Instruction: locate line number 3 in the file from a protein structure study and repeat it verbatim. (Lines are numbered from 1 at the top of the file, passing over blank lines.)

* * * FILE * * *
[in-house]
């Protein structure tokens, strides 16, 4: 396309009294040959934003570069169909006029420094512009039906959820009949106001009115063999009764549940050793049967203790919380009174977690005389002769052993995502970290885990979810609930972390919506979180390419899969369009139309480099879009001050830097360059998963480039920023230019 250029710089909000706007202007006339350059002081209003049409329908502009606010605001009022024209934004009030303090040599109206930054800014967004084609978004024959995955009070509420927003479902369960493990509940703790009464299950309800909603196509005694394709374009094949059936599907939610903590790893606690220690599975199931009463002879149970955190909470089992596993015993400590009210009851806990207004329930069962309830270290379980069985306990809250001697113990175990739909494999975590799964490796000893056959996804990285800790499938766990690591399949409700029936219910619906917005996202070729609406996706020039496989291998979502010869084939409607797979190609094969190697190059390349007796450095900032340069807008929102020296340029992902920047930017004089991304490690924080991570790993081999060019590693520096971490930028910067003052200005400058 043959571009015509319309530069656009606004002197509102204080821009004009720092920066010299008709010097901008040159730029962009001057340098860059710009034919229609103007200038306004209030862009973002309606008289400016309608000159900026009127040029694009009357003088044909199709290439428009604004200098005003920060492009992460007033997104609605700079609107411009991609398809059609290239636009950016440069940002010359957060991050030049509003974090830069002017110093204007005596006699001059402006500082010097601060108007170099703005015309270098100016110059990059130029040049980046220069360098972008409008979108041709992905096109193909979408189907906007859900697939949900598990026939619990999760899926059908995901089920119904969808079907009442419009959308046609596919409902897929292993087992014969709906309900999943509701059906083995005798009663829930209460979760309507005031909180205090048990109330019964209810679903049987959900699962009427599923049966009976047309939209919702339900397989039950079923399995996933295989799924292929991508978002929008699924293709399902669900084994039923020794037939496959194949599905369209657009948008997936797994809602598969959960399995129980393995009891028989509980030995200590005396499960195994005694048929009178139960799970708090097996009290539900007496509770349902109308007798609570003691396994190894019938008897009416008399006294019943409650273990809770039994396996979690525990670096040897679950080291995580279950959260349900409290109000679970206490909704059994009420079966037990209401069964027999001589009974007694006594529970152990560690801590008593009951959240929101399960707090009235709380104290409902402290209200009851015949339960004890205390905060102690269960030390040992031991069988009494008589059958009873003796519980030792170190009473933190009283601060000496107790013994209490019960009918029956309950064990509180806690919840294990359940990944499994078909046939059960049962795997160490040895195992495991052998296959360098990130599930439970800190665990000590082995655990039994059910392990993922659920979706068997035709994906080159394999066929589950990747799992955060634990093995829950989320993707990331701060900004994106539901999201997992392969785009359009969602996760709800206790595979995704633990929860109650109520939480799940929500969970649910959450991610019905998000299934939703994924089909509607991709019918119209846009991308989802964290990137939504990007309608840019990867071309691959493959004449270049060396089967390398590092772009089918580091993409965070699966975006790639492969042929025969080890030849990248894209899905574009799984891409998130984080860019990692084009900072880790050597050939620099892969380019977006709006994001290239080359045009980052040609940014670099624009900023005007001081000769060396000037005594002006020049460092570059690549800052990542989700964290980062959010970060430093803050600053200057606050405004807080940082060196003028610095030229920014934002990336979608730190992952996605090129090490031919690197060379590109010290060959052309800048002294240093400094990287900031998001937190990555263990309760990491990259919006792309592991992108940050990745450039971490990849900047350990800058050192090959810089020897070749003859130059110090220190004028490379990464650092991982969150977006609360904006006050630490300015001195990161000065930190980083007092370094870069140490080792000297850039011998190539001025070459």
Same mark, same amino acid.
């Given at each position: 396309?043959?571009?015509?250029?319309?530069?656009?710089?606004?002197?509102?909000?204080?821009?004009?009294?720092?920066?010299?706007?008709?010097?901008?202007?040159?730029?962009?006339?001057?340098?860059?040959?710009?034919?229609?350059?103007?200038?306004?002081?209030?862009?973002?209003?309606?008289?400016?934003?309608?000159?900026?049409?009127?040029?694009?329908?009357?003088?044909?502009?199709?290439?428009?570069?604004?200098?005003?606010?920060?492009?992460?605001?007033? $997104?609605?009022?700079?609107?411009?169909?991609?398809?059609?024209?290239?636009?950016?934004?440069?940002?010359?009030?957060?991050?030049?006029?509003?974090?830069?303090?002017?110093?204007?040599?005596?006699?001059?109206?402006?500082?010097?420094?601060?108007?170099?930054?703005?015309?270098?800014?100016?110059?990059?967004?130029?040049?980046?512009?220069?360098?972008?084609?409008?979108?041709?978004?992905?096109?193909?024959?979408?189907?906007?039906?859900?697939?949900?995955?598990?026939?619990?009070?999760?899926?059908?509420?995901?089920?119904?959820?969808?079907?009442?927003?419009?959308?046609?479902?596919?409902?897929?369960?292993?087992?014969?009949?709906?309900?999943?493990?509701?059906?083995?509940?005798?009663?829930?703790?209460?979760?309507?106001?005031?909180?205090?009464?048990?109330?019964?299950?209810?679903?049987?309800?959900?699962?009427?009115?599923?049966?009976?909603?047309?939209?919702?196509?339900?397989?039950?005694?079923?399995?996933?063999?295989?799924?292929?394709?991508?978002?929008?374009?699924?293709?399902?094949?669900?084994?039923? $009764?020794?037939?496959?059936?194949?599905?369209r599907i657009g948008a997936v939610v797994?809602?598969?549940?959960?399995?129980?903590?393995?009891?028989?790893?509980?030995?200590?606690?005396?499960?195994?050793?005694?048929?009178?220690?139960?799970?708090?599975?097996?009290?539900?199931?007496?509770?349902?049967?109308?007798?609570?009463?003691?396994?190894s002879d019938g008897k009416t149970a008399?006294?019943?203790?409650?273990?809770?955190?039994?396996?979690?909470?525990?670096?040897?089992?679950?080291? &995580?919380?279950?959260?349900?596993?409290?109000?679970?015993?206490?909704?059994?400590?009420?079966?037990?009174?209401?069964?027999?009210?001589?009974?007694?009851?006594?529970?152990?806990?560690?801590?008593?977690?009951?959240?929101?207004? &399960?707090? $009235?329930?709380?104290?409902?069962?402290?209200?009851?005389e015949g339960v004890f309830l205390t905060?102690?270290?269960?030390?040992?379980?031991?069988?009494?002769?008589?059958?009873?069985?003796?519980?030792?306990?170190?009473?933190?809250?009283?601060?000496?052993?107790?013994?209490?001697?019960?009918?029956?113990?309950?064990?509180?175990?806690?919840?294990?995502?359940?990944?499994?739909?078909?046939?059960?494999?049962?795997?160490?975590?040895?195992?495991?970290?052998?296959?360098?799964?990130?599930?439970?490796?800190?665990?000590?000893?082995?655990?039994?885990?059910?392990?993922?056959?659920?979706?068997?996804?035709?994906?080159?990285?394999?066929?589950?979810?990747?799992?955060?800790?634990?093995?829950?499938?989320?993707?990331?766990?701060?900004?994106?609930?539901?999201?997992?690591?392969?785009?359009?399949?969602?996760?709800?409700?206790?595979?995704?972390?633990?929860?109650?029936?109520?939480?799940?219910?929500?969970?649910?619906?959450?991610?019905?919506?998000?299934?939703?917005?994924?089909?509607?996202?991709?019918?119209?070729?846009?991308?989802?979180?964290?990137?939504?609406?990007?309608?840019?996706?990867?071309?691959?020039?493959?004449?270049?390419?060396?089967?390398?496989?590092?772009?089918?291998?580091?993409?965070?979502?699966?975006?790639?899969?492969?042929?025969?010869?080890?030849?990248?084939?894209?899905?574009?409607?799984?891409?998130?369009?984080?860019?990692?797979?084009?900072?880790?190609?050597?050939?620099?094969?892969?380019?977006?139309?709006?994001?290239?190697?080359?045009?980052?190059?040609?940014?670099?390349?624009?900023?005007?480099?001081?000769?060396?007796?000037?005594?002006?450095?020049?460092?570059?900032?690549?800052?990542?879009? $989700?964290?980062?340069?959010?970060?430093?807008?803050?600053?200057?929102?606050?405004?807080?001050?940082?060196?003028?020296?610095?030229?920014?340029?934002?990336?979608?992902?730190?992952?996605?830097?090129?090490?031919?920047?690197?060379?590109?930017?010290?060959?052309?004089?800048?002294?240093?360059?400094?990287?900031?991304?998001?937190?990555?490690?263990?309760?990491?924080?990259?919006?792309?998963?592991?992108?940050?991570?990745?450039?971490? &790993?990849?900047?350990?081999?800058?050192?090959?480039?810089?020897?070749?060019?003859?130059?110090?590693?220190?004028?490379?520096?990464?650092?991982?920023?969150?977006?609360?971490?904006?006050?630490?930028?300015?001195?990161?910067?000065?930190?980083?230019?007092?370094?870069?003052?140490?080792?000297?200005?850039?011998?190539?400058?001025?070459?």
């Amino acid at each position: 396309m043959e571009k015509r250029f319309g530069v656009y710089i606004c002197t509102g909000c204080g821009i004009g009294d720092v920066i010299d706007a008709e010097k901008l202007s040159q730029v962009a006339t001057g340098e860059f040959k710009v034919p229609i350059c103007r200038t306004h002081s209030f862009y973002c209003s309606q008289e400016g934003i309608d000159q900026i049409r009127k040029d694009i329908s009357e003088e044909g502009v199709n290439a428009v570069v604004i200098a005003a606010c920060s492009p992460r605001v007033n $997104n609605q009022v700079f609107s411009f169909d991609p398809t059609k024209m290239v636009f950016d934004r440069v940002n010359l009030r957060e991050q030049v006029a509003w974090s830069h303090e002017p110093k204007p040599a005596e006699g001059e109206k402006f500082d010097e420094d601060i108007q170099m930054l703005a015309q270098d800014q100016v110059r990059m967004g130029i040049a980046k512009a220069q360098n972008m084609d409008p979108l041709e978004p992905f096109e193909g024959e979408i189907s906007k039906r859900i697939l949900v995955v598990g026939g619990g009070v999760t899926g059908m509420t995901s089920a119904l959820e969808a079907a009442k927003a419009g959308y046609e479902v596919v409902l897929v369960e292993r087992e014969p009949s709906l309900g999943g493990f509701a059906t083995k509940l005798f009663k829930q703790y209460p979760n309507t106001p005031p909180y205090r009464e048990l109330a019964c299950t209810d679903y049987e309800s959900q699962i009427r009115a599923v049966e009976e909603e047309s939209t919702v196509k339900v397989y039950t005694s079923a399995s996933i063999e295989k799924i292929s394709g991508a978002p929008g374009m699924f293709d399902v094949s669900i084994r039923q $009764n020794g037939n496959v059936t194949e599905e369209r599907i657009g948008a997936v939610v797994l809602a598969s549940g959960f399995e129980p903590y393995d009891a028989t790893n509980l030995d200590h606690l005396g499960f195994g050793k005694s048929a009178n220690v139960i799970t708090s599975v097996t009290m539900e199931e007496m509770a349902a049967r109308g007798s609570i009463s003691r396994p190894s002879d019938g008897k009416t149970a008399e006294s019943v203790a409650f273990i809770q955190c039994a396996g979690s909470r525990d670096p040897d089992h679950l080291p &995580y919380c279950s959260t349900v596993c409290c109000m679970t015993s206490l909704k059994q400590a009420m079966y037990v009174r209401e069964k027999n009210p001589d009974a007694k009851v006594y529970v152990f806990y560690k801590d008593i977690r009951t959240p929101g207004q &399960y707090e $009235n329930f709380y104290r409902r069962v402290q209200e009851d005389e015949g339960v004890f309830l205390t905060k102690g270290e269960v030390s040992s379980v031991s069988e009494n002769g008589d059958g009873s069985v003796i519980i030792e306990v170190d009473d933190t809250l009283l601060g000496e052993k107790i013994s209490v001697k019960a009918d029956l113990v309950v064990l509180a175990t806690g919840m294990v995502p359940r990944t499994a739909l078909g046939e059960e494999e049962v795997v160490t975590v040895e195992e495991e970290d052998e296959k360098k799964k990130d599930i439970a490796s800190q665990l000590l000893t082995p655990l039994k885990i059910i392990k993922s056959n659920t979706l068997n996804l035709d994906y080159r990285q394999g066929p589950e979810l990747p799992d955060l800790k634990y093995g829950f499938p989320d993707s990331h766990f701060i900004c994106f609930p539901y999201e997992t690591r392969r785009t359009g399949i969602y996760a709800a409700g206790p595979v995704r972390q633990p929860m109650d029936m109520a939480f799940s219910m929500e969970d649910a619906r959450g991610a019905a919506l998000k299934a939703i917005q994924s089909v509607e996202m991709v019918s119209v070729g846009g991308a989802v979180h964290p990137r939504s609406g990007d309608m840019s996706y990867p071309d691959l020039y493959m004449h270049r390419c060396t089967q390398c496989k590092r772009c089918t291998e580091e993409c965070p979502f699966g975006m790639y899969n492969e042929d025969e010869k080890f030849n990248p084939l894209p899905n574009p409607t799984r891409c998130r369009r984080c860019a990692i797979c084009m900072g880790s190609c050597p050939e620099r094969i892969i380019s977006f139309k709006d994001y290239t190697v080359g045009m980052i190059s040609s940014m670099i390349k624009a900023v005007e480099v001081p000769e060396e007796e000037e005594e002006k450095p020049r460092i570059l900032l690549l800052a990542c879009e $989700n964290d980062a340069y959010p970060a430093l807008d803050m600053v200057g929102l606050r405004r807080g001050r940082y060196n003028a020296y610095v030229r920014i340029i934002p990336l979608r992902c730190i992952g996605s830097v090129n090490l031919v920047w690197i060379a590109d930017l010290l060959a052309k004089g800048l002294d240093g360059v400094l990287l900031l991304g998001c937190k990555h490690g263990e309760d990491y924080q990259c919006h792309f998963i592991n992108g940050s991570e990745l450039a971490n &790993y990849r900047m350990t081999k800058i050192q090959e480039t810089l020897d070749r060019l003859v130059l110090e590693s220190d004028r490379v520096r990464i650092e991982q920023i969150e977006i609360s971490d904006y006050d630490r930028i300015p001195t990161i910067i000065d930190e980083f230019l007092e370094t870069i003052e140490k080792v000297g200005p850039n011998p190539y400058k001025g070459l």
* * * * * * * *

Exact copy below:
Same mark, same amino acid.